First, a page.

Industrial Relations-Labour Laws

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A detailed examination of the Jamaican Labour Laws HRNM 6015/ HR67A Industrial Relations and Negotiations (Semester II: 2013) University of the West Indies Department of Social Sciences An exploration into whose interest is served by the law and the reality of a class bias. 04-029353 Submitted as partial completion of the requirement for the Masters of Science Degree Human Resource Development at the UWI (Mona) Introduction Labour law in the Caribbean and Jamaica in particularly has traditionally been shaped by social, economic and political influences Goolsaran (2005). Over the past 100 years, its major challenge has been its response to social and political demands…show more content…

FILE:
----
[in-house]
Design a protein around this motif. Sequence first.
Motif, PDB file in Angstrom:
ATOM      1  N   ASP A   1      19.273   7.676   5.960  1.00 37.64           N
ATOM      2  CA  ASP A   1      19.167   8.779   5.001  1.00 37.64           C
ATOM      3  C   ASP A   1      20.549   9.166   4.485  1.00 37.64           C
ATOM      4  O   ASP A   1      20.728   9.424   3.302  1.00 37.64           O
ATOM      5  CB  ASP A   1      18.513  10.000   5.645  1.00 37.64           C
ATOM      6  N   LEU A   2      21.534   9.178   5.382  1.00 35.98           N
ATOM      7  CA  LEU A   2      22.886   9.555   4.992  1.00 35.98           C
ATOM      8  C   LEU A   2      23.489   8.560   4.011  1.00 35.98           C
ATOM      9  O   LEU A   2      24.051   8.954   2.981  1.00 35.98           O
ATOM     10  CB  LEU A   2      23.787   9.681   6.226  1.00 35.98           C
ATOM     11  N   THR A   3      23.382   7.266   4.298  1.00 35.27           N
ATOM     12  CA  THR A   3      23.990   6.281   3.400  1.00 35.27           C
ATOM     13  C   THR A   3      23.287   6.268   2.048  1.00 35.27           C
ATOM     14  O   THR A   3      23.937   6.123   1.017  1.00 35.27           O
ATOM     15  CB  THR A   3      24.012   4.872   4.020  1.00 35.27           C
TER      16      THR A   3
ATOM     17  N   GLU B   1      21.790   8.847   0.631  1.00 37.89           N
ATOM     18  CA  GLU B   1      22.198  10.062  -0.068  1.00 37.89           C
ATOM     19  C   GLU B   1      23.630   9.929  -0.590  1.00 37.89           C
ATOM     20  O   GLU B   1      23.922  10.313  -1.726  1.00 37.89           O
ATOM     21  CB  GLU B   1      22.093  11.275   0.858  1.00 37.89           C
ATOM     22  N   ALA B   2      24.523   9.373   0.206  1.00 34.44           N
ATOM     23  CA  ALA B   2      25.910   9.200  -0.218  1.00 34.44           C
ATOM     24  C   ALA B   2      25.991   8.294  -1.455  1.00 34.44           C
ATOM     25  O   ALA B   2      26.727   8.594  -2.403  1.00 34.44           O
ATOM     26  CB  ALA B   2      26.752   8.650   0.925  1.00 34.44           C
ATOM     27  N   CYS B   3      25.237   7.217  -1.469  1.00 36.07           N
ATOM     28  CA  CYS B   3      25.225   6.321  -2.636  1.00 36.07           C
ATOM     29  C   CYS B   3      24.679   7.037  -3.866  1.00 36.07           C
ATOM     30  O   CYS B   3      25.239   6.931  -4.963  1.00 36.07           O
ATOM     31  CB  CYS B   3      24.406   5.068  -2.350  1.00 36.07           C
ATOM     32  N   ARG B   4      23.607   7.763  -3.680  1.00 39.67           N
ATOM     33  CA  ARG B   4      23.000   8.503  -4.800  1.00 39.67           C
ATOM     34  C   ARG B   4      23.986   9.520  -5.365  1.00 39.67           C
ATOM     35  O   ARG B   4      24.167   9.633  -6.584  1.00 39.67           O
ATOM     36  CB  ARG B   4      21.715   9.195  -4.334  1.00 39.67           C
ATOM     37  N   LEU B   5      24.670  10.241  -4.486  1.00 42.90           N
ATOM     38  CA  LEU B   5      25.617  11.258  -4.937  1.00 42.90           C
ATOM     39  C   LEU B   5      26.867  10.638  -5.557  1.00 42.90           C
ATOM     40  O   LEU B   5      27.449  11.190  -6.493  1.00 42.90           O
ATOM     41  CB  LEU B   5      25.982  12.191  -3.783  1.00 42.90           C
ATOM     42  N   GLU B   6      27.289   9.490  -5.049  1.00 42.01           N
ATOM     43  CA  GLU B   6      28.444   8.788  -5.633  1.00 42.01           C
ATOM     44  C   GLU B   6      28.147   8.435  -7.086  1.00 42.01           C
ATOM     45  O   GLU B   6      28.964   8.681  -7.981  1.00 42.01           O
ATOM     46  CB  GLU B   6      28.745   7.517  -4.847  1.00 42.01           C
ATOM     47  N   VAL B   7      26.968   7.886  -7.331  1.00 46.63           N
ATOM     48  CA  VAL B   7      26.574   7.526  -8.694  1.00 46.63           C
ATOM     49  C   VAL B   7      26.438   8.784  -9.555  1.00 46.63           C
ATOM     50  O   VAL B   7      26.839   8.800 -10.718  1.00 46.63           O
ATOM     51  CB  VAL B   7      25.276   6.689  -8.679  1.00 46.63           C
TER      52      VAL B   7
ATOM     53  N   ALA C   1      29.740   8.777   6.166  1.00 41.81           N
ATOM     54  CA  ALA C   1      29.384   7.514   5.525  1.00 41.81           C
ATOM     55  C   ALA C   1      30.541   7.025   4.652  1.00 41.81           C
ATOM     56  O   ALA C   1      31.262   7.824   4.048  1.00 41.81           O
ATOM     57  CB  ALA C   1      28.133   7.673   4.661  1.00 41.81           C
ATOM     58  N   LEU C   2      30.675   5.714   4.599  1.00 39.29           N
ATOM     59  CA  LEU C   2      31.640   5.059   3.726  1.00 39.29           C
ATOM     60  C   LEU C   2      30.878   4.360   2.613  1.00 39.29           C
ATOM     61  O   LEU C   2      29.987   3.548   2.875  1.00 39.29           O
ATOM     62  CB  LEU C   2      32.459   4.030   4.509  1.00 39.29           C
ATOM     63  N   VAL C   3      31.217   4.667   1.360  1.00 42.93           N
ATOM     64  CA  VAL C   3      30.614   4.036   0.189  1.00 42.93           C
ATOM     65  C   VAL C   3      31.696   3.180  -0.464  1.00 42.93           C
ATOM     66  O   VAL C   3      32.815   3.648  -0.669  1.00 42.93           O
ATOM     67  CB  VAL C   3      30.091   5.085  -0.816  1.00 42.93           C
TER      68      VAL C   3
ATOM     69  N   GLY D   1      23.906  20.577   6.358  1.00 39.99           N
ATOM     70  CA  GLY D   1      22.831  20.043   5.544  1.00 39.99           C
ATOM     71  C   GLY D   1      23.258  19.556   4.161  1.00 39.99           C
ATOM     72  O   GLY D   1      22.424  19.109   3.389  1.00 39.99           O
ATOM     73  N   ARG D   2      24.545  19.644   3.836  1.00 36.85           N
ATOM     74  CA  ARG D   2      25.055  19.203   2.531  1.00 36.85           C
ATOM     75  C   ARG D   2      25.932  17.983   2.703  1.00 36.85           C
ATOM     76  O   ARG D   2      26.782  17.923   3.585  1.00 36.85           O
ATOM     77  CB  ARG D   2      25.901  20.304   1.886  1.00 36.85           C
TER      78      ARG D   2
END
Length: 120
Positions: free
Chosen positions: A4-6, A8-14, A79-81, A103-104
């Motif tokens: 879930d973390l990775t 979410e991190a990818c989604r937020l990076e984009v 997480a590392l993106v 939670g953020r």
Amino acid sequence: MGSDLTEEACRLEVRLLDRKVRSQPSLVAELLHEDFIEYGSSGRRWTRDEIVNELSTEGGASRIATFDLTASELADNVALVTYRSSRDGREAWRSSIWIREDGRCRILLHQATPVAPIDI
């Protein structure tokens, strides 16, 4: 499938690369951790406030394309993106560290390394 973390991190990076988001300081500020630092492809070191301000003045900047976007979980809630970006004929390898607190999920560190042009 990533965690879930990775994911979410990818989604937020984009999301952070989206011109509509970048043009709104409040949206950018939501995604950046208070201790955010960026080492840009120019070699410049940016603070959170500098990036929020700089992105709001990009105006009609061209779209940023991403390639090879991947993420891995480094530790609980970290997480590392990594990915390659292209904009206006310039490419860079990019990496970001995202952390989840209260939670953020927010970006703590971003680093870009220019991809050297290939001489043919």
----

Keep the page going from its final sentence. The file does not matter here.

After the abolition of slavery, the resentment which former slaves felt at their exploitation and the low wages plantation managers were prepared to pay, (which were below what a family could live on), turned the former plantation workers against work in agriculture. This refusal to continue to work on the plantations became, in an industrial relations context, the first "withdrawal of labour" or strike action. Eaton (2002) purports that the industrial relations response by the state, which was coeval with the mercantile class, co-operated in defeating the workers' protest action by establishing the indentured labour system, importing workers from China and India to take the place of the freed slaves. Eaton (2002) stated that the signs were there as there was no doubt that wages were poor, employment irregular and there were crop failures. Thus the birth of the Jamaica labour movement began. Kirkaldy (1998) purports that this dates back to the year 1938 following a series of strikes in Jamaica. Nonetheless Kirkaldy contends that, “ there were, however attempts at a combination for many years prior to that date, but prior to 1919 when the Trade Union Act was passed, unions operated without the protection of the law. Trade unions in Jamaica as Eaton (2002) describes were established to include the desire of work-people to protect themselves from the vicissitudes of employment by collective
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